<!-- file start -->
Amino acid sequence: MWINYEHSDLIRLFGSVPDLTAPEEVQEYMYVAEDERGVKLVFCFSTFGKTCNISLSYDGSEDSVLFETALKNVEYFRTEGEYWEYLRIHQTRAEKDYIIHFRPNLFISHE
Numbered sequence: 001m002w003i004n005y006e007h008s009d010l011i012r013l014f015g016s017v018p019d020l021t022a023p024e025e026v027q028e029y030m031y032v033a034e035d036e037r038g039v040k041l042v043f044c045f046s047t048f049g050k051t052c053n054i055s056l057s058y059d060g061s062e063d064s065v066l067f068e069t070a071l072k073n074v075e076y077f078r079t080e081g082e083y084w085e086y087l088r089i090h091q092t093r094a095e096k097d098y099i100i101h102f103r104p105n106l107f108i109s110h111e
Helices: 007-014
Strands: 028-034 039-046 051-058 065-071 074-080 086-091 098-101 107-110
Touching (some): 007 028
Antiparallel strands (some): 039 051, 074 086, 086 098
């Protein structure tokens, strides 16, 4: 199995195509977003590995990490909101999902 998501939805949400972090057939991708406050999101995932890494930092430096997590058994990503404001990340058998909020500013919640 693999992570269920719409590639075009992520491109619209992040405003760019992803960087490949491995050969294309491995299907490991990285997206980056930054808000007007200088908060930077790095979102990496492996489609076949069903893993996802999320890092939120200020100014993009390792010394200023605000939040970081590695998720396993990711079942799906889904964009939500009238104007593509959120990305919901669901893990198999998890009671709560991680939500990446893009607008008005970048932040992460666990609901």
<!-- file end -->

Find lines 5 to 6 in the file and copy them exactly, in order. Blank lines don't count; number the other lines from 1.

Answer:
Touching (some): 007 028
Antiparallel strands (some): 039 051, 074 086, 086 098